Just because a supplement is promoted as “natural” doesn’t necessarily mean it’s safe. The herbs comfrey and kava, for example, can seriously damage the liver.

“It’s important to know the chemical makeup, how it’s prepared, and how it works in the body—especially for herbs, but also for nutrients,” says Haggans. “Talk to a health care provider for advice on whether you need a supplement in the first place, the dose and possible interactions with medicine you’re already taking.”

For vitamins and minerals, check the % Daily Value (DV) for each nutrient to make sure you’re not getting too much. “It’s important to consider the DV and upper limit,” says Haggans. Too much of certain supplements can be harmful.

Scientists still have much to learn even about common vitamins. One recent study found unexpected evidence about vitamin E. Earlier research suggested that men who took vitamin E supplements might have a lower risk of developing prostate cancer. “But much to our surprise, a large NIH-funded clinical trial of more than 29,000 men found that taking supplements of vitamin E actually raised—not reduced—their risk of this disease,” says Dr. Paul M. Coates, director of NIH’s Office of Dietary Supplements. That’s why it’s important to conduct clinical studies of supplements to confirm their effects.

Because supplements are regulated as foods, not as drugs, the FDA doesn’t evaluate the quality of supplements or assess their effects on the body. If a product is found to be unsafe after it reaches the market, the FDA can restrict or ban its use.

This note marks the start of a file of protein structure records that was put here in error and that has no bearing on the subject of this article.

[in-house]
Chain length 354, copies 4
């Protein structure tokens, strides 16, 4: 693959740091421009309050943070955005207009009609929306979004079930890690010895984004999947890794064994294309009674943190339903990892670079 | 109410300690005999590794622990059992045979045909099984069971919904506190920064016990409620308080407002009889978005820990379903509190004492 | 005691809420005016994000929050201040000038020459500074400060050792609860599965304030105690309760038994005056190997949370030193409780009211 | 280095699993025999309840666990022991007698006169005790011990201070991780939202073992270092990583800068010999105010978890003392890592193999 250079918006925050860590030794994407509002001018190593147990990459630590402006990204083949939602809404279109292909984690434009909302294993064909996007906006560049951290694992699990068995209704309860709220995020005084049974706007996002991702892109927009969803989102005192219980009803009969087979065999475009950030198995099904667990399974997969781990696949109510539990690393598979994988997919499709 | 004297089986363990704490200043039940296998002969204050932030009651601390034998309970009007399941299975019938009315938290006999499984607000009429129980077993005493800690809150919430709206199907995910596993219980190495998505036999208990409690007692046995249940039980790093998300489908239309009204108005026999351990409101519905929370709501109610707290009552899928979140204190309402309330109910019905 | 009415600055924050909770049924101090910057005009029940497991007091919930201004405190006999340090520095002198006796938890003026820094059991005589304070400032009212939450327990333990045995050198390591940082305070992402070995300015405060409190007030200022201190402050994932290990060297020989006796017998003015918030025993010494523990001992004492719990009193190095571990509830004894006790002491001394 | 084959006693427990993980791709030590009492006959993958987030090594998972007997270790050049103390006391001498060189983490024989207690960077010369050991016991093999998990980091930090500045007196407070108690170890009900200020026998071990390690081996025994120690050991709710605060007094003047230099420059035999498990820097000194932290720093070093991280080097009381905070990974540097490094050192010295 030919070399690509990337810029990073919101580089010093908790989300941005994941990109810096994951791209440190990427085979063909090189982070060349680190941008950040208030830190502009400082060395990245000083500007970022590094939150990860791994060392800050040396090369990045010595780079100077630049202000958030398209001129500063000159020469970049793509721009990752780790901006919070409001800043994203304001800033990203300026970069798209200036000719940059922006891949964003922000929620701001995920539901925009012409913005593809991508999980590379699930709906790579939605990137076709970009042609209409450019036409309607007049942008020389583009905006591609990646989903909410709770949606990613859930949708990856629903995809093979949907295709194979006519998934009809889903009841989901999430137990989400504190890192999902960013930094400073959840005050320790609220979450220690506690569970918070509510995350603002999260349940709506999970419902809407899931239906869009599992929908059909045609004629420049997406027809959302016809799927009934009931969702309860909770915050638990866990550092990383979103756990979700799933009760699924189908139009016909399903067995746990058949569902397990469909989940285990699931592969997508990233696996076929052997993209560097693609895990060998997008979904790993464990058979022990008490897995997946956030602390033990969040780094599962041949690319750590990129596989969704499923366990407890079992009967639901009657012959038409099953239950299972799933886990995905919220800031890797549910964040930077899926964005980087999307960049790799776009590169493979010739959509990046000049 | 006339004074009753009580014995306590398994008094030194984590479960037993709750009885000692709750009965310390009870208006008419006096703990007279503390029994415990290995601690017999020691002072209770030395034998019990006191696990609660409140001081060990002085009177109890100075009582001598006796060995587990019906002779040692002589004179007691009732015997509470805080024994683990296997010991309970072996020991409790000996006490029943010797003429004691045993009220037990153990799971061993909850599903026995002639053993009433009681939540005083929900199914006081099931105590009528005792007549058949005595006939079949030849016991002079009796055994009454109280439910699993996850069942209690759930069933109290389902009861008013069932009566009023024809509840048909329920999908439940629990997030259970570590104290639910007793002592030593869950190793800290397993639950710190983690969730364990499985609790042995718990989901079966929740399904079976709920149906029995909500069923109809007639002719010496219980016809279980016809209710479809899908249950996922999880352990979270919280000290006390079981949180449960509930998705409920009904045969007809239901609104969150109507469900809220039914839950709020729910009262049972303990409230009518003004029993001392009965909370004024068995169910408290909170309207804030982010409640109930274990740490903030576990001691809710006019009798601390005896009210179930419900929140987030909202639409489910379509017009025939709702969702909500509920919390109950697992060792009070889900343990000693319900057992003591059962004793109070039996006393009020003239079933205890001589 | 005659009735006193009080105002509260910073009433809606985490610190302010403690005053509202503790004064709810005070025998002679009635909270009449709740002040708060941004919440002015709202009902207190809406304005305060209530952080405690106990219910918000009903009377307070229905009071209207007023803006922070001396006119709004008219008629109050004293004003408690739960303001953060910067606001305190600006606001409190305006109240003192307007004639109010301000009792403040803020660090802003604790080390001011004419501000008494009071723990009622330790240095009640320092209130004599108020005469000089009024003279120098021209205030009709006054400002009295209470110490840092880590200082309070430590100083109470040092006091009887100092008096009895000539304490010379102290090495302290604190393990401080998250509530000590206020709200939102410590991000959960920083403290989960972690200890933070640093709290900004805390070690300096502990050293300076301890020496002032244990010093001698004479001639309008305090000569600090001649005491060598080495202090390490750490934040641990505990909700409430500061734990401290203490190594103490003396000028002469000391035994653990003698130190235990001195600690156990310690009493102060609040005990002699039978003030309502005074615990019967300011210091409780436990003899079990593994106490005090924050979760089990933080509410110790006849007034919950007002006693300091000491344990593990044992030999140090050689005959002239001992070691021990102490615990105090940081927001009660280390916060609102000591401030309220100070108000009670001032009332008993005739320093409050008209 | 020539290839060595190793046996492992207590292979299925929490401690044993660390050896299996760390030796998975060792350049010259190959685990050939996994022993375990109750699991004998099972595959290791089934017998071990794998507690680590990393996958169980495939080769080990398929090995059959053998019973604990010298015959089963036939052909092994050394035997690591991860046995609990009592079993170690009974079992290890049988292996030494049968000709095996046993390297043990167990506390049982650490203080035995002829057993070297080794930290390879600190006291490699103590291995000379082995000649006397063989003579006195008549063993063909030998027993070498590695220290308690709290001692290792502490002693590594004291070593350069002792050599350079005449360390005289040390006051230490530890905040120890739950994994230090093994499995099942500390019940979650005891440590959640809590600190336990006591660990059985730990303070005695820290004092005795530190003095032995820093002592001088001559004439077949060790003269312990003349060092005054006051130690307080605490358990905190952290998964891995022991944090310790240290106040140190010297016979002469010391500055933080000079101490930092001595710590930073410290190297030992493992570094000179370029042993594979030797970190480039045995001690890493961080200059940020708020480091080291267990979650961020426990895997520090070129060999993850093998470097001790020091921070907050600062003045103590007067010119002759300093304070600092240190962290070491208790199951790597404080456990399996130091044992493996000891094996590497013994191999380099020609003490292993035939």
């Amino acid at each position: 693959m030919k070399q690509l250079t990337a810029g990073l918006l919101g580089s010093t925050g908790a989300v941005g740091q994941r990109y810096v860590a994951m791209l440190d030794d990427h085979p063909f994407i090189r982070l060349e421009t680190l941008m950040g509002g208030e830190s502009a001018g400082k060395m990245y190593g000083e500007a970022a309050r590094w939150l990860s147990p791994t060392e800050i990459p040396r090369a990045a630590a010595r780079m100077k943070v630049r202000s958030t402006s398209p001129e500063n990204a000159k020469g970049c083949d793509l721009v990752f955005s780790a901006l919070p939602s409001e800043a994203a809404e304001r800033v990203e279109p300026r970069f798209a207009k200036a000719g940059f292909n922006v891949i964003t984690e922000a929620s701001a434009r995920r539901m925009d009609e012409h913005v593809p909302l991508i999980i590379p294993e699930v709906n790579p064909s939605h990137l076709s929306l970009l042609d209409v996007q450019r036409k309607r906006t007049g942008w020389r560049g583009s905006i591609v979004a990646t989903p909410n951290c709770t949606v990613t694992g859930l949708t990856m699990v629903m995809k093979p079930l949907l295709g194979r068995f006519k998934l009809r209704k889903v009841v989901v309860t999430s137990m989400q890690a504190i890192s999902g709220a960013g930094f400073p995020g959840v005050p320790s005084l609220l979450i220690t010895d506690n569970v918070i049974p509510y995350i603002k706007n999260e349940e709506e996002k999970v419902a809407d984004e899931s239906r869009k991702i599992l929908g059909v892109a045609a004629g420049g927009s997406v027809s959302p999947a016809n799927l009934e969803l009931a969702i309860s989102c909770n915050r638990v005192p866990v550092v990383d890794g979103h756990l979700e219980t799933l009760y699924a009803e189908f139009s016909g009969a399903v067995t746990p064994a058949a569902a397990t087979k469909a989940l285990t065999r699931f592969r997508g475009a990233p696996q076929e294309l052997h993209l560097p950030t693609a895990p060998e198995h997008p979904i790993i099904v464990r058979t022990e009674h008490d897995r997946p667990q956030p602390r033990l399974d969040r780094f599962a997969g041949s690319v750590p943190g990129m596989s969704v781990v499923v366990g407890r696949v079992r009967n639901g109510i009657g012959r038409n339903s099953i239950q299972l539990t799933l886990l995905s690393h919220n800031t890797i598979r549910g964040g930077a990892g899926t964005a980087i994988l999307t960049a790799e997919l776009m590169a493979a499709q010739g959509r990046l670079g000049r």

Manufacturers are also responsible for the product’s purity, and they must accurately list ingredients and their amounts. But there’s no regulatory agency that makes sure that labels match what’s in the bottles. You risk getting less, or sometimes more, of the listed ingredients. All of the ingredients may not even be listed.

A few independent organizations conduct quality tests of supplements and offer seals of approval. This doesn’t guarantee the product works or is safe; it just assures the product was properly made and contains the listed ingredients.

“Products sold nationally in the stores and online where you usually shop should be fine,” Coates says. “According to the FDA, supplement products most likely to be contaminated with pharmaceutical ingredients are herbal remedies promoted for weight loss and for sexual or athletic performance enhancement.”

To make it easy to find reliable information, NIH has fact sheets on dietary supplements at NIH also recently launched an online Dietary Supplement Label Database at This free database lets you look up the ingredients of thousands of dietary supplements. It includes information from the label on dosage, health claims and cautions.

For more personalized, on-the-go information about dietary supplements, check out NIH’s free updated app for your smart phone or tablet: My Dietary Supplements (MyDS). You can access it at

The MyDS app provides the latest supplement information and lets you keep track of the vitamins, minerals, herbs and other products you take. You can even keep track of supplements taken by your parents, spouse or children.

“Deciding whether to take dietary supplements and which ones to take is a serious matter,” says Coates. “Learn about their potential benefits and any risks they may pose first. Speak to your health care providers about products of interest and decide together what might be best for you to take, if anything, for your overall health.”